ARHEN regularly holds a photo competition to encourage nursing and allied health students to ”show off'” the many great opportunities that exist to undertake clinical placements in rural and remote Australia.

Every year, thousands of students from many different universities are supported by UDRHs to undertake these placements, often for several months at a time.  UDRHs offer high quality accommodation and study support for the duration of students’ placements.

Students get to experience what it’s like to work professionally with others in their field – and in other health professions – while also finding out what it’s like to live and work outside a capital city where many have spent their lives.  Research shows that positive placements such as those offered by UDRHs  encourages students to return to practice professionally after they graduate.

The photo competition (which includes cash prizes) is a fun way for eligible  students to showcase their creativity, as well as their placement experience, and show others the many benefits of  ‘going bush’ as part of their health science studies.


Winner, $500: Patrick Foster, Centre for Remote Health, Alice Springs, NT.

Whilst on placement here Alice Springs, my fellow dental students and I have made the decision to meet,
explore and engage ourselves in all our new home has to offer. Pictured here, we are dressed as tooth fairies,
racing to victory in our home-made (quickly breaking down) boat, in the annual Henley on Todd, dry-river boat race.

Runner-up, $300: Carrington Bond, Centre for Remote Health, Alice Springs, NT. 

This photo is the reflection of a perfect winters’ day placement experience with St. John Ambulance, Alice Springs. This unforgettable remote student placement experience  is one I’ll never forget. The diverse demographic, remoteness of the environment, limited access to resources and rich traditional culture is something that has not only helped me to grow as clinician but as a person.  To capture the essence of this experience is the deserted backdrop, clear beaming cloudless sky and one of the most important resources in central Australia, the St. John ambulance.

Special award, $200: Sophie Roberts, Centre for Remote Health, Alice Springs, NT. 

This is a photo of myself and a friendly bush dog in front of the dental truck that was parked in Haasts Bluff. I worked in this dental truck for one week as part of my 18-week placement with Northern Territory Oral Health Services in Alice Springs. Haasts Bluff is a small Indigenous community of approximately 200 people, four hours drive out of Alice Springs. During the week I was able to  provide both emergency and preventative dental care to patients of all ages from Haasts Bluff and the surrounding communities. This was a unique experience for me, and is one that I will treasure for the rest of my career.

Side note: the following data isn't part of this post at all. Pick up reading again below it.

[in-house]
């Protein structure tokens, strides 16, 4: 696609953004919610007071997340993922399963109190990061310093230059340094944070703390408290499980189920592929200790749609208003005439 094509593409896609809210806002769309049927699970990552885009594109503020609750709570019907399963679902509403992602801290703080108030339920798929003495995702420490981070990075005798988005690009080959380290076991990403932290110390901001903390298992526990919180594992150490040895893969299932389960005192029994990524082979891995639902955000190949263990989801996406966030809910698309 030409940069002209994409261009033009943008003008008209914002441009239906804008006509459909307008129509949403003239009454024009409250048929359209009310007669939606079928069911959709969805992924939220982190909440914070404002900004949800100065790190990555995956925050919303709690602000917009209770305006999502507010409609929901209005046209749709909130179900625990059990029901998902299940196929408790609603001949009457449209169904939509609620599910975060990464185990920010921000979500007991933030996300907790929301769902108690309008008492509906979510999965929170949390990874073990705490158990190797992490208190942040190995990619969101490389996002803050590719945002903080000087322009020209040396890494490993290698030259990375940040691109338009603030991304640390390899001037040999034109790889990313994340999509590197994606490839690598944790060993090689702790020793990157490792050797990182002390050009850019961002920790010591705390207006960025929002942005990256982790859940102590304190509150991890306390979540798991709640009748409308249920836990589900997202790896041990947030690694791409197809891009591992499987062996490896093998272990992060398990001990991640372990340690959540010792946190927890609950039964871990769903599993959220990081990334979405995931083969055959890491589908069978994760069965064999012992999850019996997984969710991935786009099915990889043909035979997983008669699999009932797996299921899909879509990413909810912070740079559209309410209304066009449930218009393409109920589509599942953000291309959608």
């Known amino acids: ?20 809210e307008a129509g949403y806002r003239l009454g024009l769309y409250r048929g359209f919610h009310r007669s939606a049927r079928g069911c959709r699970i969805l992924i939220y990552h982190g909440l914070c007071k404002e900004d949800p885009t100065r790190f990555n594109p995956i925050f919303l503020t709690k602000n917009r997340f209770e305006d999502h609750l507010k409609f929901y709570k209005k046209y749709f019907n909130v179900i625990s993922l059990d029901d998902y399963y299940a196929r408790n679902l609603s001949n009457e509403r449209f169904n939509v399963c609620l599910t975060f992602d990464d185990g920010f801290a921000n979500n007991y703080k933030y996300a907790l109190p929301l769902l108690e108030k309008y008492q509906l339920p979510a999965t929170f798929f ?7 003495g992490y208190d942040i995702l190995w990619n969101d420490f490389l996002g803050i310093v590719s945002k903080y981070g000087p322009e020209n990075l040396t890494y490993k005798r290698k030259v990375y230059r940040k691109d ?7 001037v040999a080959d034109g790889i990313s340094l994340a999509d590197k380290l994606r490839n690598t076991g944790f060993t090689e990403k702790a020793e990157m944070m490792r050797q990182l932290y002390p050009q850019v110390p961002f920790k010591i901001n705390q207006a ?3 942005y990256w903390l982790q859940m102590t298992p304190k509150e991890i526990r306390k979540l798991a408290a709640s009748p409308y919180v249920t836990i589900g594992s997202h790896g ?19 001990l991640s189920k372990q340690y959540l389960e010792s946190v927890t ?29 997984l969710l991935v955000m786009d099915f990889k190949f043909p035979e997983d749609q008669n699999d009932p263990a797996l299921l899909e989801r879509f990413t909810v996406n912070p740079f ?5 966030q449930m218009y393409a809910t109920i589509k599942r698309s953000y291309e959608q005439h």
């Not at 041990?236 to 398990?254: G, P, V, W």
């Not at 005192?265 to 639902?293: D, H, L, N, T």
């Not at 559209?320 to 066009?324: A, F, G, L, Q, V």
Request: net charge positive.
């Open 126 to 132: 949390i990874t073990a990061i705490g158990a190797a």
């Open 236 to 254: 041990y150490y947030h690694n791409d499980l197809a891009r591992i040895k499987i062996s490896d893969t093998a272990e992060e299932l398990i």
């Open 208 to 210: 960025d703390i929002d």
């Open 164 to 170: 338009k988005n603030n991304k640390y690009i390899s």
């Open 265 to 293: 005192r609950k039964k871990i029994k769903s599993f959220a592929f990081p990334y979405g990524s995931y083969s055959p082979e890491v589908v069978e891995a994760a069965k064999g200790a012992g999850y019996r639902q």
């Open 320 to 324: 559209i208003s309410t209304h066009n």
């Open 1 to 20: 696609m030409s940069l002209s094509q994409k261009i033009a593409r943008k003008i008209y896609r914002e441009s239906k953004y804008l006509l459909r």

Special award, $200: James Cheesman, Flinders Rural Health, SA. 

G’day from Areyonga, population 300! People are always happy to see us and I’m learning from some amazing health professionals. Sometimes we’re lucky enough to sneak a look at some beautiful remote places, and there’s always a cup of tea on offer.

Special award, $200: Koula Syrkiadis, Deakin Rural Health, Warrnambool, Vic. 

The photo is taken at Venus Baths, Halls Gap.  As Hippocrates stated “Wherever the art of medicine is loved, there is also a love of humanity” hence the 3 dimensions of the photo with the depth portraying humanity into rural regions and beyond. The stethoscope on the rock encapsulates the strength and divinity medicine brings.

Special award, $200: Aaron Chan, Western Australian Centre for Rural Health, Geraldton. 

This photo was taken at the HMAS Sydney II Memorial in Geraldton.  I (on the far right) and eight other students used our mobile phones to light paint “GERALDTON” as a way to commemorate the amazing clinical placement and life experience the town provided us. Additionally, the nine students in this photo were from various health faculties including pharmacy, podiatry and nursing, this highlights the significance of a multidisciplinary approach to health care.

Special award, $200: Marg Richardson, Centre for Rural Health, Launceston, Tasmania.

During my Social Work Placement, we created an Equine Assisted Therapy program with students from various schools, adults with mental health problems and adolescents who are challenged for various reasons.  These sessions were done with a herd of horses who live in a beautiful rural property in NW Tasmania.  The program deals with issues such as respect, responsibility, relationship skills, boundaries, empathy, choices and consequences.  To see the relationship build with the participants and the horses is truly humbling.  Taking people back to nature and getting the feedback from the horses is empowering not only for the participant but for myself in the role of co-facilitator.